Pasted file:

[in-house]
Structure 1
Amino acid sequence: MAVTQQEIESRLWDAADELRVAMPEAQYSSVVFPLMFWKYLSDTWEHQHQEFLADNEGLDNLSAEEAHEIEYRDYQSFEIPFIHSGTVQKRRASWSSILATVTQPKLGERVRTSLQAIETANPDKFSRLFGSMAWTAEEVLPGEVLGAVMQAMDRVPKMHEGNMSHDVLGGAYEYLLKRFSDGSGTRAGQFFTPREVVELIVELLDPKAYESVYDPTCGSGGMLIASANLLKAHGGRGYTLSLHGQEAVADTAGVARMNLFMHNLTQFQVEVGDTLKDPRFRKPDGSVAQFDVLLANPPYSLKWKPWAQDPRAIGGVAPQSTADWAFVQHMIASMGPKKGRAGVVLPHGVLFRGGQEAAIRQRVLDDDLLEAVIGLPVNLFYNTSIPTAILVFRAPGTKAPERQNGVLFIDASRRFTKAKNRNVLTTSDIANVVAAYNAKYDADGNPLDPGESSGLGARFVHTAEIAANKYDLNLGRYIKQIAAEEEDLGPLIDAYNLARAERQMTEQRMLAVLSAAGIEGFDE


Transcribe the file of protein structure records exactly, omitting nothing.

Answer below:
[in-house]
Structure 1
Amino acid sequence: MAVTQQEIESRLWDAADELRVAMPEAQYSSVVFPLMFWKYLSDTWEHQHQEFLADNEGLDNLSAEEAHEIEYRDYQSFEIPFIHSGTVQKRRASWSSILATVTQPKLGERVRTSLQAIETANPDKFSRLFGSMAWTAEEVLPGEVLGAVMQAMDRVPKMHEGNMSHDVLGGAYEYLLKRFSDGSGTRAGQFFTPREVVELIVELLDPKAYESVYDPTCGSGGMLIASANLLKAHGGRGYTLSLHGQEAVADTAGVARMNLFMHNLTQFQVEVGDTLKDPRFRKPDGSVAQFDVLLANPPYSLKWKPWAQDPRAIGGVAPQSTADWAFVQHMIASMGPKKGRAGVVLPHGVLFRGGQEAAIRQRVLDDDLLEAVIGLPVNLFYNTSIPTAILVFRAPGTKAPERQNGVLFIDASRRFTKAKNRNVLTTSDIANVVAAYNAKYDADGNPLDPGESSGLGARFVHTAEIAANKYDLNLGRYIKQIAAEEEDLGPLIDAYNLARAERQMTEQRMLAVLSAAGIEGFDE